Knowledge and Resource Hub
08 October 2019

Gender differences in the lifecycle benefits of compulsory schooling policies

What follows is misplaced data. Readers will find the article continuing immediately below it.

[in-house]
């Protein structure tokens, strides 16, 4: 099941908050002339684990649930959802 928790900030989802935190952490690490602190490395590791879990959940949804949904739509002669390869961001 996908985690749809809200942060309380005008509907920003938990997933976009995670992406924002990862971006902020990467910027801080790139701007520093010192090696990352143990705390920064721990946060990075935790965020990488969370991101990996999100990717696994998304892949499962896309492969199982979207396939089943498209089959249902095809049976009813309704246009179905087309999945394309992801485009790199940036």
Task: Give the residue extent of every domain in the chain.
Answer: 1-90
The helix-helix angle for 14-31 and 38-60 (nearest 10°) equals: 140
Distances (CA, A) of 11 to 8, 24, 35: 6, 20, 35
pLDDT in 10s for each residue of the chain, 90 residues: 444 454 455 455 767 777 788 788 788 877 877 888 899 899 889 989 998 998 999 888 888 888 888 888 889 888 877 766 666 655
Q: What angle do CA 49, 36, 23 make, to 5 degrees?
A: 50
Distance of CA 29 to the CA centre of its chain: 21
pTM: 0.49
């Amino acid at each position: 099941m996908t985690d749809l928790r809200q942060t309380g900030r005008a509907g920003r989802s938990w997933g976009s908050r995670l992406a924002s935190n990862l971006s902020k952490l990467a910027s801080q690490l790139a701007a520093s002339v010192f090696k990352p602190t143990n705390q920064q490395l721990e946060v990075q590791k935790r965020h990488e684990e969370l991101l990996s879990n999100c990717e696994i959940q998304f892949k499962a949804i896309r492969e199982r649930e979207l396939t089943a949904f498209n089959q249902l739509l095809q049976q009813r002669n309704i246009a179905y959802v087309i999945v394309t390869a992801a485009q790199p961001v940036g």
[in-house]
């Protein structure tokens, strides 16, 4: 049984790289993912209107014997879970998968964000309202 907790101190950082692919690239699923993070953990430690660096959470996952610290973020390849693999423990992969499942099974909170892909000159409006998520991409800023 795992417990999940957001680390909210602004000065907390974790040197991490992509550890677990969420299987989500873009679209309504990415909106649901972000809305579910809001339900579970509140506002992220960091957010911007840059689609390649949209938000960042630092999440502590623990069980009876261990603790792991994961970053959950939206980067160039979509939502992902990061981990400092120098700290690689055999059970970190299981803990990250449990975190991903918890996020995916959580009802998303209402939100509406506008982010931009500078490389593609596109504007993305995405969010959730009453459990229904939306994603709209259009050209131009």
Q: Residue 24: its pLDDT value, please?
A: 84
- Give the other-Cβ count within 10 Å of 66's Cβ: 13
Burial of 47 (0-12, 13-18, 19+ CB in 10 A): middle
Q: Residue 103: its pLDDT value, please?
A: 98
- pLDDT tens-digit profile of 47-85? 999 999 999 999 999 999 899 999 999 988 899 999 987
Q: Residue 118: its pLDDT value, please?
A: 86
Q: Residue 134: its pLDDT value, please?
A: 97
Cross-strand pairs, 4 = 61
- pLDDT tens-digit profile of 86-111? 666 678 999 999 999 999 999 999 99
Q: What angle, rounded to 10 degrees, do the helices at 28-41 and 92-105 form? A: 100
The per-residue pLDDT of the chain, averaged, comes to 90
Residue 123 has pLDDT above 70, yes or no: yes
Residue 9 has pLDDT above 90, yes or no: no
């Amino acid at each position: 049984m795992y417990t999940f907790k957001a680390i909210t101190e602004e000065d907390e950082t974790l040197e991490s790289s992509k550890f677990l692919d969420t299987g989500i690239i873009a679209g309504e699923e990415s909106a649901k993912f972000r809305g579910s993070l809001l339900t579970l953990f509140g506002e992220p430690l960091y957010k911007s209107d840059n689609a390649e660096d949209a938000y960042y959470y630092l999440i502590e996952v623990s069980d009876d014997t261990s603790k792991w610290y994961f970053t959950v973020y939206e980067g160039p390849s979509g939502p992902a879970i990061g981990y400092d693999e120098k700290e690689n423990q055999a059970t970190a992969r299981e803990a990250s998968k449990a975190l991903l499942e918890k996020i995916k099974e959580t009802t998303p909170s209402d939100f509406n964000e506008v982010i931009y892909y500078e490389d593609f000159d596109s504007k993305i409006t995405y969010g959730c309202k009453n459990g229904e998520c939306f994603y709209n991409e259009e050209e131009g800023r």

This study used data from the Household, Income and Labour Dynamics in Australia Survey to investigate the wider consequences to society of increasing the minimum school leaving age (MSLA). The reforms were found to have been particularly effective in improving educational attainment for women as the reforms improved women’s older-age cognition, their wages, their lifetime financial assets, and they also experienced higher quality marital matches. The effects for boys were more mixed but the reform mostly kept them in school to complete year 10, and mainly improved their non-cognitive skills, so they were more prosocial, developed stronger beliefs about their own control in life, and  were happier.